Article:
The practice of layering cakes with sweet substances (honey), intoxicating liquors (wine) and accented with nut flavorings (almonds) was a particular favorite of ancient middle-eastern cooks. The Romans adopted/adapted this recipe and took it with them when they conquered Europe. It is no accident that 16th century English cooks created "trifle." Chocolate and coffee (were introduced to Europe in the 16th-17th centuries but (due to economics) were not incorporated into recipes until the 19th century. According to the the Oxford Companion to Food, Alan Davidson (p. 748) sponge cake was also created in the 19th century. Also related to L’Opera gateau are Genoise (almond-flavored sponge with various decorations and fillings) and Savoy (sponge made by beating egg yolks and whites beaten separately). About "a href="sponge">sponge cake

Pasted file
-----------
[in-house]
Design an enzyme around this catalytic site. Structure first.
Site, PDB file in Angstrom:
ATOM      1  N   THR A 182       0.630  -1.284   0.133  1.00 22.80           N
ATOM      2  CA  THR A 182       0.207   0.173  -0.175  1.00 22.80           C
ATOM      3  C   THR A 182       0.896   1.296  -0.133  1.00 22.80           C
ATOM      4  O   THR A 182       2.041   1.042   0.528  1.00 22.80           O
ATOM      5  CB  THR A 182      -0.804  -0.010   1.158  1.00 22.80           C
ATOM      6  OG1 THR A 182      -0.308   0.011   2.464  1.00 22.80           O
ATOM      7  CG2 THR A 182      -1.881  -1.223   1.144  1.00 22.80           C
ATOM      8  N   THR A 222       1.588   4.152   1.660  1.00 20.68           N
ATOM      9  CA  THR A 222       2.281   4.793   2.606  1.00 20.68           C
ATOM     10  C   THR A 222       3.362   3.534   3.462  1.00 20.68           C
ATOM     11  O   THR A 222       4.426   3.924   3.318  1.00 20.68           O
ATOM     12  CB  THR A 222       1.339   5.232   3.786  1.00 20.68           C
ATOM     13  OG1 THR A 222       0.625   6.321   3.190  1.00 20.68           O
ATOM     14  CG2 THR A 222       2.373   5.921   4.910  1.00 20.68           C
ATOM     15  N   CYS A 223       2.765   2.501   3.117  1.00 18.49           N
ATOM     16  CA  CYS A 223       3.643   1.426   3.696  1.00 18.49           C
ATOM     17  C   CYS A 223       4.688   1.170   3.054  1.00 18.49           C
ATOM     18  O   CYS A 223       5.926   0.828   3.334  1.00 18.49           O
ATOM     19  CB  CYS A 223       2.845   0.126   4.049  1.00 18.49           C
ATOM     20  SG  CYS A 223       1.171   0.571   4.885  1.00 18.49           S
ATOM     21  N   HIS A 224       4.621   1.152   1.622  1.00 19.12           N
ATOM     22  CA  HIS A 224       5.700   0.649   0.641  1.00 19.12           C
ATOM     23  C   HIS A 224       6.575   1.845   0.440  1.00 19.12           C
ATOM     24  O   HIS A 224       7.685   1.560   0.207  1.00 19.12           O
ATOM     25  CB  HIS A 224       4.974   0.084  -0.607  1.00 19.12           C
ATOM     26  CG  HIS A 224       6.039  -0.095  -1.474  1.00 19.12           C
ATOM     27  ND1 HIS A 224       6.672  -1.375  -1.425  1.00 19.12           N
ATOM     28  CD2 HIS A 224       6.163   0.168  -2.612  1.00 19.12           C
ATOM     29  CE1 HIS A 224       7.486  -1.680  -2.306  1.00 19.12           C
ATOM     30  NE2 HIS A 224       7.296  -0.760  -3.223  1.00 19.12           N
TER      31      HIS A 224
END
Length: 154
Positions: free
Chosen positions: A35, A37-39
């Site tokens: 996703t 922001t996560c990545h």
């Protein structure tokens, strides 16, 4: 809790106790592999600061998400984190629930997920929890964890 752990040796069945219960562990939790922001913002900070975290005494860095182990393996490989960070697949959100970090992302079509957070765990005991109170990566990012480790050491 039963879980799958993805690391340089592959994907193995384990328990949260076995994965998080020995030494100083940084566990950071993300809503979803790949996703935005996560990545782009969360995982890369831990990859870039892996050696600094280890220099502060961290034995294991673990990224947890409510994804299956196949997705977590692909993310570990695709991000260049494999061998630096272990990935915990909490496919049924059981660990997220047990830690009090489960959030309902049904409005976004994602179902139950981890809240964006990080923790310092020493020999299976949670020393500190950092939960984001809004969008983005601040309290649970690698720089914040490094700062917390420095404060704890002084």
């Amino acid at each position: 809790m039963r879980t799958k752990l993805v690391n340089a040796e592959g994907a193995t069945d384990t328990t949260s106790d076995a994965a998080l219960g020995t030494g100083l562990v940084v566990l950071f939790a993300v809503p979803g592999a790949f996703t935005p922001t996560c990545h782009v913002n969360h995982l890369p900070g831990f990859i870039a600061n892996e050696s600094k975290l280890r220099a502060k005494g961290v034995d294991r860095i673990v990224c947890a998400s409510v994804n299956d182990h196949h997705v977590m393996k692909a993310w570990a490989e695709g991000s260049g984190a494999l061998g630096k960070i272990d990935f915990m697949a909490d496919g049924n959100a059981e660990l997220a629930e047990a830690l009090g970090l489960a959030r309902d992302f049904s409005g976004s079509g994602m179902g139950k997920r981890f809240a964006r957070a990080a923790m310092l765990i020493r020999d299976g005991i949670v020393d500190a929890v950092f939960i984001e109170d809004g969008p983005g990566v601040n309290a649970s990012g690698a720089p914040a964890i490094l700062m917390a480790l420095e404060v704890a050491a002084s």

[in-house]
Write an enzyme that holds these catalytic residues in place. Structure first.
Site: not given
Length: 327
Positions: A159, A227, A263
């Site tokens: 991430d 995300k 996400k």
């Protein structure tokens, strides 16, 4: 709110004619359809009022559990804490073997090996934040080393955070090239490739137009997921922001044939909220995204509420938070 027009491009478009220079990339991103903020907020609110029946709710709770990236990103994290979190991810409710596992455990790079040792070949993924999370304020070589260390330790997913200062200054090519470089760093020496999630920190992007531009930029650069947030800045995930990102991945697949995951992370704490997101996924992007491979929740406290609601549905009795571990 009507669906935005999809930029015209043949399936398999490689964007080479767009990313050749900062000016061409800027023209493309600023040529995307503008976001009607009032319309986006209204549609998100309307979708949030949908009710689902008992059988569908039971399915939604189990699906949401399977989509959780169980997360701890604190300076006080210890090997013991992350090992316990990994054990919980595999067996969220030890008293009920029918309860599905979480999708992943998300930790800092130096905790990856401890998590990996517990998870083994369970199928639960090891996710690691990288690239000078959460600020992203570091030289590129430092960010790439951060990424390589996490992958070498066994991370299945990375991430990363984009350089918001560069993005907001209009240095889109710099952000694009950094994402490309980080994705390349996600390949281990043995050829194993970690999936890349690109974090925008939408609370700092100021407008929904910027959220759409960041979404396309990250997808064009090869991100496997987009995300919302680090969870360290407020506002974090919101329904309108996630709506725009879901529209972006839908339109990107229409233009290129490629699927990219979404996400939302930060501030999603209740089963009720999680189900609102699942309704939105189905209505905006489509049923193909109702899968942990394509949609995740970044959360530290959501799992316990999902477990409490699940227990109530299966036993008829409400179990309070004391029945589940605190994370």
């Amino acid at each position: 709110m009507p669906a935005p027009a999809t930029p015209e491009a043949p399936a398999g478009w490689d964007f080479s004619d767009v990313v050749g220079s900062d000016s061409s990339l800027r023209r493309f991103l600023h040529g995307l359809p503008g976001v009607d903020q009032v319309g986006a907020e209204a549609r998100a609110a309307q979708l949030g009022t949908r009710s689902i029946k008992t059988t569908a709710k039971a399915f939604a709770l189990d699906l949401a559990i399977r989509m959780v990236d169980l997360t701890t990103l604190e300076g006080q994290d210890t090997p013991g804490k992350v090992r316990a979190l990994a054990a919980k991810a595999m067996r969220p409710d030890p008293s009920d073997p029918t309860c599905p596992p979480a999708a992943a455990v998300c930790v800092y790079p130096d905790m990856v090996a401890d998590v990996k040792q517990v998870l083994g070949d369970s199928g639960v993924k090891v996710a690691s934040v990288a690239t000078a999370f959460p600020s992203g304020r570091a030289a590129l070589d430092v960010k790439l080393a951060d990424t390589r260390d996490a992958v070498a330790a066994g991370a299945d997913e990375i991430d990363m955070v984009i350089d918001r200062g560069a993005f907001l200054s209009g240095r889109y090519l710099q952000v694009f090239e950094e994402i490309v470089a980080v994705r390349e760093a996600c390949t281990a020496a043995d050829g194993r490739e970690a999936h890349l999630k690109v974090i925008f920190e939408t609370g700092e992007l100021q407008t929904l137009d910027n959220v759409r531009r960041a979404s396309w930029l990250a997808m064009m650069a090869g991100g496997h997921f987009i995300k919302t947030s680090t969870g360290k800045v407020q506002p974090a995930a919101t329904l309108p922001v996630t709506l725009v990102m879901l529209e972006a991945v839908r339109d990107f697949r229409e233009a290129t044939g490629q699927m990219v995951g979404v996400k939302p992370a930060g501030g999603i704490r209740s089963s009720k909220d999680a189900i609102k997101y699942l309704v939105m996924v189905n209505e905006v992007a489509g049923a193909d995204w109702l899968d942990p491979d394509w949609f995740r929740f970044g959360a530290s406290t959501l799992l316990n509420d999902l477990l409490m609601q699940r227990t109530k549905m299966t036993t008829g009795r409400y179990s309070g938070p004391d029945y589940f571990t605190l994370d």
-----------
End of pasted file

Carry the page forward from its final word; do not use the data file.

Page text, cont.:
"Opera gateau is an elaborate almond sponge cake with a coffee and chocolate filling and icing."
—Larousse Gastronomique, completely revised and updated, [Clarkson Potter:2001] (p. 814)
"A classic for the past twenty years, the Opera was created for those who unabashedly choose chocolate and butter cream over fruit desserts. What makes this low, flat cake more modern than any of its predecessors is its shape (usually square or rectangular), and its undecorated sides that show all the layers. L’Opera is traditionally composed of layers of Biscuit Joconde, an almond sponge, that have been thoroughly soaked with coffee syrup…Some pastry shops decorate the top with the word Opera, written in panach with all the swirls that the French love so much…"
—New French Baker, Sheila Linderman [William Morrow:New York] 1998 (p. 66)
"Opera cake. This is a classic chocolate-coffee cake that I believe was first made in the 1930s for an important French-American reception held at the Paris Opera."
—La Nouvelle Patisserie, Jean-Yves Duperret [Viking:New York] 1988 (p. 155)